Congress needs to support the marketplace of ideas
Frazier is an assistant professor at the Crump College of Law at St. Thomas University. He previously clerked for the Montana Supreme Court.
March 4, 1847, should be covered in every American history textbook. On that day, Congress assessed the profitability of the telegraph line it helped Samuel Morse build between Washington, D.C., and Baltimore. The ledger was bleak: Looking back at a recent year of messages, Congress had spent $3,925.14 to maintain the line and received just $413.44 in revenue from message fees.
So on that fateful day in 1847, the postmaster general, "confronted by a depressing condition of the postal finances and despairing of legislative support in prosecuting the [telegraph] enterprise as a part of the Postal Service, effected the sale of the Government line," as summarized by a postal commission in 1913.
A few decades later, the short-sightedness of that decision was as obvious as an elephant in a kindergarten classroom. By 1866, Western Union had managed to squeeze out all competition in the telegraph industry, form what would soon be a nationwide monopoly and limit the use of the telegraph to the elite. More importantly, Congress had failed in its mandate to “establish Post Office and Post Roads,” as set forth by Article I, Section 8, Clause 7 of the U.S. Constitution.
That oft-neglected power – the Postal Power – mandates that Congress provide Americans with a marketplace of ideas via the primary channel of information exchange. Let’s break that down. As of 1790, upon ratification of the Constitution, the postal network was the only means of distributing information. It carried the newspaper, magazines, pamphlets, letters, information on Congress, and on and on.
Under British rule, the government exploited the people’s reliance on the postal system by operating it in a way as to make revenue from their search for knowledge. In a major break with the past, the Founders pledged to run the network to encourage the spread of reliable news and to foster democratic discourse. With the passage of the Post Office Act of 1792, the Founders codified their radical vision of a democracy of informed citizens.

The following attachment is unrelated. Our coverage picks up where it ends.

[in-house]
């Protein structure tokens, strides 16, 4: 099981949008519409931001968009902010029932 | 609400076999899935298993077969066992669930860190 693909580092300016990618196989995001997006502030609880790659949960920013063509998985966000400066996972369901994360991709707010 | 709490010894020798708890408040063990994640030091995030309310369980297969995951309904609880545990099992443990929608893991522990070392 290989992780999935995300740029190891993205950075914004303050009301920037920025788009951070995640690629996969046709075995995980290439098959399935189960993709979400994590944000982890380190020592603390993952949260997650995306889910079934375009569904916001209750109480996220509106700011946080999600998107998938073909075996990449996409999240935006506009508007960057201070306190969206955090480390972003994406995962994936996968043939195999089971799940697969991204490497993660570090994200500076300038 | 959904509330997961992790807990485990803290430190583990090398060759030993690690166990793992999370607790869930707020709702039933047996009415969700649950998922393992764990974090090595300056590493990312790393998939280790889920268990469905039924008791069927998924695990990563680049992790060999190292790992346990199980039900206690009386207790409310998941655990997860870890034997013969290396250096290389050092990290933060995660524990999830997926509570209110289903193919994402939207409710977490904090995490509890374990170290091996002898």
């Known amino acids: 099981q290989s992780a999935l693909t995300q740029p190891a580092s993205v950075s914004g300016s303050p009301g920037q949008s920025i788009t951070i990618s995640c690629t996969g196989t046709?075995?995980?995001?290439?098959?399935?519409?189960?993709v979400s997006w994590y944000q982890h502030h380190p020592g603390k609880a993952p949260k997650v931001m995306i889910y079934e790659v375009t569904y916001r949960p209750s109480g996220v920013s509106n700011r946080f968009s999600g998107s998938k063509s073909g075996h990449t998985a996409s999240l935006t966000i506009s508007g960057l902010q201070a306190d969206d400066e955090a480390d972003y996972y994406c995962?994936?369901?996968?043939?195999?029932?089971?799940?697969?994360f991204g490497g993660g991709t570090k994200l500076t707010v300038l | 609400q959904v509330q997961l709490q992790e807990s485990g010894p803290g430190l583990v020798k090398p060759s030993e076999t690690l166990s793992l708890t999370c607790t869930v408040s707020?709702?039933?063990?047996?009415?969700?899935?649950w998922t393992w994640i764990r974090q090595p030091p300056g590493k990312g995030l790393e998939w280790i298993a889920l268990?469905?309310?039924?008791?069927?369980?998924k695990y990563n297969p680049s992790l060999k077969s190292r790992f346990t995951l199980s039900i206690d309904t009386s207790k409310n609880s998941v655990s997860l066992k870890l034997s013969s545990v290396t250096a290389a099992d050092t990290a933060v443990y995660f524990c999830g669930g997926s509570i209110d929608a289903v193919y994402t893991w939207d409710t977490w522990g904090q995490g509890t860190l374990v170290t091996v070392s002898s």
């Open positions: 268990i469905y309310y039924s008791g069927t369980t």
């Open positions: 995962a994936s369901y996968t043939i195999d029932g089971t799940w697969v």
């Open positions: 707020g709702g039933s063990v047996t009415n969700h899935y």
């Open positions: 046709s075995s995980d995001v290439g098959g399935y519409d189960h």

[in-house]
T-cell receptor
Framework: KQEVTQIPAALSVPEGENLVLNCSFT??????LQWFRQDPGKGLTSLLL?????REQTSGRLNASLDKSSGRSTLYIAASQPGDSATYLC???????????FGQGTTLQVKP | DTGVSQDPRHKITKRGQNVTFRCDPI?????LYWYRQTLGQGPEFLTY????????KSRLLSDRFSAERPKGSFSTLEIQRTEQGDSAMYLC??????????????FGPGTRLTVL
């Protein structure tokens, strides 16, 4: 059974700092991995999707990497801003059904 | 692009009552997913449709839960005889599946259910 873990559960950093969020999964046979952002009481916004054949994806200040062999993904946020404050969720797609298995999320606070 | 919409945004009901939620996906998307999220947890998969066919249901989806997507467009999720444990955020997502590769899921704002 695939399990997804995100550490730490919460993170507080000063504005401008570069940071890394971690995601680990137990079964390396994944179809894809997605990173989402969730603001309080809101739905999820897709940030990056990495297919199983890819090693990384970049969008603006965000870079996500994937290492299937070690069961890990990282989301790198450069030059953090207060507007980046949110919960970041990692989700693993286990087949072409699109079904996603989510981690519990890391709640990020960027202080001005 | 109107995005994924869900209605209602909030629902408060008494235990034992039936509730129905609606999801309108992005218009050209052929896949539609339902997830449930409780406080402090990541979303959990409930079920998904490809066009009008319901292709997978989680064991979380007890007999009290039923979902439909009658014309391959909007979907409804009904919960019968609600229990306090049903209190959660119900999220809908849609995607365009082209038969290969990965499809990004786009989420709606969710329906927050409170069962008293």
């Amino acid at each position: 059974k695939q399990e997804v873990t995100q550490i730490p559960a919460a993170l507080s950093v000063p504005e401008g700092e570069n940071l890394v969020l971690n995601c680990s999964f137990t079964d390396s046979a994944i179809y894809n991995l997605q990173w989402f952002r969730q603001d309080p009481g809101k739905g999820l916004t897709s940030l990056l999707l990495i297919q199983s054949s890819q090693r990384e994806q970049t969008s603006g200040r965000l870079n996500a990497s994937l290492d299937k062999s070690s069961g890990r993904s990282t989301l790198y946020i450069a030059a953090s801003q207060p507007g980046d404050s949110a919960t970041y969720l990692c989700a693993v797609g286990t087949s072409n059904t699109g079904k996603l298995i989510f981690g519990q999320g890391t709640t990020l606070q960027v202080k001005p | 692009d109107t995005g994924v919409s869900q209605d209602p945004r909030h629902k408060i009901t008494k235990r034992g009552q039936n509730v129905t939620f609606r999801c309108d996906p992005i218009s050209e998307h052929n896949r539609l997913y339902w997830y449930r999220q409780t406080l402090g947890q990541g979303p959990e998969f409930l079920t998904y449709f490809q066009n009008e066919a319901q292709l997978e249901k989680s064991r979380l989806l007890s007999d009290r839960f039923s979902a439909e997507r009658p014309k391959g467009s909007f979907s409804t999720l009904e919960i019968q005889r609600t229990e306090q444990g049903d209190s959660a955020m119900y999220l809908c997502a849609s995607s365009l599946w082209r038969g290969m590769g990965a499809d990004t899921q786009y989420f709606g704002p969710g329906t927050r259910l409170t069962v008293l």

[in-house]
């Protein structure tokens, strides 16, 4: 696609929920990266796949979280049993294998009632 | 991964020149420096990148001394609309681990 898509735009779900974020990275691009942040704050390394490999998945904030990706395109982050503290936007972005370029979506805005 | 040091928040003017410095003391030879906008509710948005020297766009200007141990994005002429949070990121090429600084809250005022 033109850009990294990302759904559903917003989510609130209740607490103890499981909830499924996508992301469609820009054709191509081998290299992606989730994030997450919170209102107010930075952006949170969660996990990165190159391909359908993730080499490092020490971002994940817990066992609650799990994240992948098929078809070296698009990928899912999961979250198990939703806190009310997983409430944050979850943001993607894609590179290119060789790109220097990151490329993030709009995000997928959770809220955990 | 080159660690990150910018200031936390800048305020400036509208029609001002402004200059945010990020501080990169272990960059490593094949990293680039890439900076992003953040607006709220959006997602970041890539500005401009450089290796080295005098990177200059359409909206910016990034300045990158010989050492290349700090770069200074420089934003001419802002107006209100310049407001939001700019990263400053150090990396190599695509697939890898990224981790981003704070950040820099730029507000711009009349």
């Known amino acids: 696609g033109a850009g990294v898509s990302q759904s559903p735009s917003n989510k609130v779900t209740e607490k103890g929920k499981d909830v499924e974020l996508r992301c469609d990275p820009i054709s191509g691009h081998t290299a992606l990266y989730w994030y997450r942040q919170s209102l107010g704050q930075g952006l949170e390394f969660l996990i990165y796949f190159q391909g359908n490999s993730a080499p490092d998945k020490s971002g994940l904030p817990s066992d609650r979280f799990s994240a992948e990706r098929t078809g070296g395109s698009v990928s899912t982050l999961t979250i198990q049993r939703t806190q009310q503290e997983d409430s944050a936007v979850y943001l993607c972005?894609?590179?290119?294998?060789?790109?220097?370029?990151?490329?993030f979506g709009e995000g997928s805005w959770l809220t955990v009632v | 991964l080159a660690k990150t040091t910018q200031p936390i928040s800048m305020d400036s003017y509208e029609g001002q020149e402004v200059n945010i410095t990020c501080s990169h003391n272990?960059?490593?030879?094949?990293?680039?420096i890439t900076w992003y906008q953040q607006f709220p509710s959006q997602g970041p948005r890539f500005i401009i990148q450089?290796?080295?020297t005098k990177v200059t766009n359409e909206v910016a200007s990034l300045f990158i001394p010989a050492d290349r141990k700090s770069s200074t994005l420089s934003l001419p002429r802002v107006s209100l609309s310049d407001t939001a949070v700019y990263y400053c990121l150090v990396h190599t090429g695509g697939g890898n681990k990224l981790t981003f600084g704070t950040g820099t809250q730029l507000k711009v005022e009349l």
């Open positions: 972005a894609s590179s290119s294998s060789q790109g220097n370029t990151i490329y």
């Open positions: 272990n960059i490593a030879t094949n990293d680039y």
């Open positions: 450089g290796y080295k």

That act subsidized the distribution of newspapers and allowed publishers to exchange copies of their papers at no cost so that they could reprint the latest and most informative stories. Importantly, newspapers in that age had a reputation for being nonpartisan. Historian John Nerone suggests that though many of the Founding era papers had a partisan bent, many more avoided such skewed coverage.
In addition to increasing the supply of democratic information, the act also expanded the market itself. In 1788, the United States had just 69 post offices. Thanks to the decision by the Second Congress to directly build a larger market for ideas, that number rapidly expanded – 903 offices had been built by 1800; 4,500 by 1820, and more than 13,000 by 1840.
On the whole, the Post Office Act demonstrated Congress’ recognition of maintaining, expanding and improving the marketplace of ideas. Yet, in 1847, Congress forgot the importance of fulfilling that duty regardless of technological shifts.
In the years since, the marketplace of ideas has moved further and further away from government control. Many folks celebrate that independence as a good thing; yet, those same folks often fail to realize that we’ve simply shifted government control to corporate control. The latter, in my opinion, is far scarier for two main reasons. First, corporations will always be governed by a profit mandate. And, second, corporations are unaccountable to Average Joes and Janes via the ballot box.
As we enter a new technological paradigm in the Age of AI, we need to ask who should operate the marketplace of ideas. If this marketplace fails, then our democracy will be imperiled. That’s an outcome we cannot tolerate. Maintaining a marketplace of ideas isn't cheap (we learned that in 1847), but a deliberative democracy is worth every penny (a daily lesson).
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